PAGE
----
SWIMMING lessons for primary school children should be a compulsory part of the Scottish curriculum as it emerged that 40 per cent of those going entering secondary are unable to swim.

Last night, former Olympic athlete turned MSP Brian Whittle, said Scotland should be brought into line with England and Wales where all primary kids are given free lessons.

Under existing arrangements in Scotland primary school children are not charged for swimming lessons, although provision is not binding and varies between local councils. Campaigners claim this has led to patchy services, with many children denied lessons.

Scottish Swimming, the national governing body for the sport, claims that as many as four out of 10 children leave primary school – about 15,000 each year – unable to swim.

Whittle insists the Scottish Government should ensure all primary children have access to free lessons.

The former European Athletics Championship gold medalist said the government should reverse a £1.72 million cut to a programme to support school swimming.

Whittle, a Tory MSP, said: "The withdrawal of funding from the Scottish Government for free school swimming lessons for all primary school children has had a significant impact.

"Now 40 per cent of children heading to secondary school cannot swim – 60 per cent from the most deprived areas in Scotland.

"The cut of £1.7 million that was specifically targeted at free school swimming lessons not only curtails many children’s ability to participate in the ways my friends and I enjoyed, it also exacerbates the health inequality gap. The fact is that without free school swimming lessons the children most likely to be able to swim are those whose parents can afford private lessons.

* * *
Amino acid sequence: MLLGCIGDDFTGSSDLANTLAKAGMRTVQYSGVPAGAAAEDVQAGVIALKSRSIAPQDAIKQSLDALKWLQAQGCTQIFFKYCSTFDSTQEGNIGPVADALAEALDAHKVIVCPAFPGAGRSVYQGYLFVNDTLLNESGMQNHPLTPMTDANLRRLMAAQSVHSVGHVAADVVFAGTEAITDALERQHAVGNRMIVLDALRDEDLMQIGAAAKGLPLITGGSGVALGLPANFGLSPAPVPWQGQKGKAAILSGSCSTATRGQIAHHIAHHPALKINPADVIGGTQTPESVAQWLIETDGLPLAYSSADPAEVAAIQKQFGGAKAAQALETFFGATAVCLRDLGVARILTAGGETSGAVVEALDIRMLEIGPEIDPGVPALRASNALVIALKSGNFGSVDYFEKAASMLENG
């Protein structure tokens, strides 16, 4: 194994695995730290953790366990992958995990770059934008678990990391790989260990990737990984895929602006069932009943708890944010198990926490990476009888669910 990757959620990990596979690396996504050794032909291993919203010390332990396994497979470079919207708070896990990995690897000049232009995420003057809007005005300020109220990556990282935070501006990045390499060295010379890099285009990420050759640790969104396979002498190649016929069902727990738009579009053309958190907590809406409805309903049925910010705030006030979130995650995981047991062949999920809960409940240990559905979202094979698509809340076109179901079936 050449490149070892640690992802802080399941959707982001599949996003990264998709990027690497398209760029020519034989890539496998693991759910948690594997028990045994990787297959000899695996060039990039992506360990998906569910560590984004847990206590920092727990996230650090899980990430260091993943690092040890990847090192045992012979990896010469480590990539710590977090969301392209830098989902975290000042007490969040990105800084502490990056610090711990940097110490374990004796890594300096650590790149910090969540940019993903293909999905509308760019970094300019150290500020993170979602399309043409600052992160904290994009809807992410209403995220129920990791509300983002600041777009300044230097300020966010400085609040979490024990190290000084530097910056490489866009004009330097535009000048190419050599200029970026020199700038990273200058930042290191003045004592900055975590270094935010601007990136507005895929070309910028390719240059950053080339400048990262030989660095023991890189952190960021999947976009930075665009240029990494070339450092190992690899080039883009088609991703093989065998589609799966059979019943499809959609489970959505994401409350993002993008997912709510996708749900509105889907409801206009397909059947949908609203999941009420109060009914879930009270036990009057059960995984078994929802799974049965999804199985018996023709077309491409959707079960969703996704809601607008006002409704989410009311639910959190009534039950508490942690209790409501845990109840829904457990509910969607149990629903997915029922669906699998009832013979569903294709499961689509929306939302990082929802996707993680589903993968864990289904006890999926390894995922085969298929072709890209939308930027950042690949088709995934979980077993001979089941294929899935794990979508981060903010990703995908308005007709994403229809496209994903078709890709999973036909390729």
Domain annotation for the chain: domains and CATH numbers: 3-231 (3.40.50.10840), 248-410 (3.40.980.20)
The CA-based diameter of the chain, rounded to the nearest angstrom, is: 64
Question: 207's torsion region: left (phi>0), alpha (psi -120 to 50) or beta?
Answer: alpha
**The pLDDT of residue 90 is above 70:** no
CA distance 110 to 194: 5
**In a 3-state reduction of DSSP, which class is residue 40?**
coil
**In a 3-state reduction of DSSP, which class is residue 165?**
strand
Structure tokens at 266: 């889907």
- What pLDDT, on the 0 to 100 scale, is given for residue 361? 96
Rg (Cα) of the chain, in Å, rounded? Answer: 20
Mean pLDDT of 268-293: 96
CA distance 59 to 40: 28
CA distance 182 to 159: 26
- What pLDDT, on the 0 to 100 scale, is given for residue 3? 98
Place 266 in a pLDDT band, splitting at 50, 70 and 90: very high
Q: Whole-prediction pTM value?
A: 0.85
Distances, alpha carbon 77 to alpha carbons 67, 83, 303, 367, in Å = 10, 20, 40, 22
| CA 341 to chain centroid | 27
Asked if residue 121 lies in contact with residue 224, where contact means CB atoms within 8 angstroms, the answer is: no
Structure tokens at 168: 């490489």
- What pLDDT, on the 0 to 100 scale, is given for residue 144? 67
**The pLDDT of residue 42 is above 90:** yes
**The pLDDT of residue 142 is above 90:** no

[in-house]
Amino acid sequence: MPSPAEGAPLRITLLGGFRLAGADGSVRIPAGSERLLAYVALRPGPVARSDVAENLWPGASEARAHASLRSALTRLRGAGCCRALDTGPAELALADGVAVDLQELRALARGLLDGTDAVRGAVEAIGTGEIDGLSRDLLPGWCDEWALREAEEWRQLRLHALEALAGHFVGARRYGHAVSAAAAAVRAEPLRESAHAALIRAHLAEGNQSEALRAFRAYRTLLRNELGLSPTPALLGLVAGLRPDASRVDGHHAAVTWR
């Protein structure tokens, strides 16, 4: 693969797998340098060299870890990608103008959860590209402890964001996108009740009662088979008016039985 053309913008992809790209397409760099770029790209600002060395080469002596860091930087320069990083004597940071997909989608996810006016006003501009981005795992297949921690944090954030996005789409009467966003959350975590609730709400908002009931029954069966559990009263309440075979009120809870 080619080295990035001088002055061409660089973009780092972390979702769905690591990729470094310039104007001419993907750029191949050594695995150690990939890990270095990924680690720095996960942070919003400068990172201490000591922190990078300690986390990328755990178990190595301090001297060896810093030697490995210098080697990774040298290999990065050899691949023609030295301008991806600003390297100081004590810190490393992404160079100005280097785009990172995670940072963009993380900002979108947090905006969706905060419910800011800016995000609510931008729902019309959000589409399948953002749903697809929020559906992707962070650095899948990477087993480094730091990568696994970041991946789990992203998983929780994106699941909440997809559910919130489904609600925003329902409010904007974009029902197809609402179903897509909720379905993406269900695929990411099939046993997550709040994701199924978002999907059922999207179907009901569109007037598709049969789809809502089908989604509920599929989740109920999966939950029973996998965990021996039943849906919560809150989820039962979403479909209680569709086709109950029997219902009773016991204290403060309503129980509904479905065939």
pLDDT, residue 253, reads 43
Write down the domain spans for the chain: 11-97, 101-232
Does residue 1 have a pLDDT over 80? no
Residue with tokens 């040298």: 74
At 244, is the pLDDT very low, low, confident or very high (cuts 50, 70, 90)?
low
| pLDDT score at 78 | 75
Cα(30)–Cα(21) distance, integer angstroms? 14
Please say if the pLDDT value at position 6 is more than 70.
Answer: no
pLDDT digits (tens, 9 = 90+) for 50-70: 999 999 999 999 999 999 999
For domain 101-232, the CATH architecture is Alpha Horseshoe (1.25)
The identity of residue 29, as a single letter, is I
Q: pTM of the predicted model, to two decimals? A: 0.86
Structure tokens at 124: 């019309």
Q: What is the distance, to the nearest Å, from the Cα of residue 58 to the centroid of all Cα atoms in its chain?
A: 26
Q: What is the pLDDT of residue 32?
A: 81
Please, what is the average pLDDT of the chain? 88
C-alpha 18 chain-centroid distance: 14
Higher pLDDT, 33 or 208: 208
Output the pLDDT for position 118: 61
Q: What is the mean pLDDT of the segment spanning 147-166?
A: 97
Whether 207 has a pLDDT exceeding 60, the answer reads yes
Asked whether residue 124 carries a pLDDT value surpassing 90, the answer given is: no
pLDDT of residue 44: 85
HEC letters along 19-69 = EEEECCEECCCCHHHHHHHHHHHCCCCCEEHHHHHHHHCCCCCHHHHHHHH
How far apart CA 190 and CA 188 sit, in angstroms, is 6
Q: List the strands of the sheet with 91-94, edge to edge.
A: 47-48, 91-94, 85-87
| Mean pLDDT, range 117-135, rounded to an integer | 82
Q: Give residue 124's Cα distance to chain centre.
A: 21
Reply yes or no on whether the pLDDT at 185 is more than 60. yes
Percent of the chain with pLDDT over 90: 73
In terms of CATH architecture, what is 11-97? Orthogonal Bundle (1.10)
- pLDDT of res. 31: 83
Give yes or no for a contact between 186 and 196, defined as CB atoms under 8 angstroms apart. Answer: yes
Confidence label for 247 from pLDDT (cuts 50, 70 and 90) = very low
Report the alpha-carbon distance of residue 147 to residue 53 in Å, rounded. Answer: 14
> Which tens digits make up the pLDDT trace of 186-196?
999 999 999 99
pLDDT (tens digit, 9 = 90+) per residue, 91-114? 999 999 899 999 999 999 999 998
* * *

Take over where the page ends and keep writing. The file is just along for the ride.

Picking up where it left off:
"Taking money out of this fund may take some cash out of one page in the Finance Secretary’s ledger, but I would suggest that it will just appear in another page, be it health or education and be much costlier.

"It is without doubt a false economy."

Scottish Swimming’s director of development, Sharon MacDonald, echoed the MSP's call to extend free swimming lessons. She said: "Some local authorities and some schools are doing excellent work ensuring children have the opportunity to LTS (learn to swim).

"The funding the Government provided in 2010 (£1.7 million over a four-year period) was for the Top Up swimming programme which aimed to enhance and improve these school swimming programmes to try to address the significant number of children leaving primary school unable to swim.

"This funding was beginning to make an impact by focussing on those schools in areas of deprivation with high numbers of children unable to swim. It enabled lower teacher-to-children ratios critical in learning to swim and as a result we were beginning to see an increase in the number of children leaving primary school able to swim.

"It was disappointing that this funding was stopped. We have, however, continued to speak to the Scottish Government to try and find other ways to address the situation."

Scotland's Minister for Sport Aileen Campbell maintained the government had increased access to PE in schools. She said: “The Scottish Government continues to support increasing activity levels and highlighting the importance of leading an active lifestyle.

"Swimming forms an important part of the PE curriculum in many schools and 99 per cent of primary schools now providing two hours of PE a week. This demonstrates remarkable progress since 2004/05 when only 10 per cent of schools were meeting this target.”

A spokesperson from Sportscotland, the national agency for sport, said it had invested in boosting participation in school swimming.

“Sportscotland continue to invest heavily into Scottish Swimming and enjoy an excellent partnership with them. The governing body is doing lots of terrific work across the country in teaching children to swim and in the current four-year cycle (2015-19),

Sportscotland is investing over £5 million into Scottish Swimming," the spokesperson said.

"This is the largest funding settlement of all the Commonwealth Games sports and supports grassroots and performance swimming.”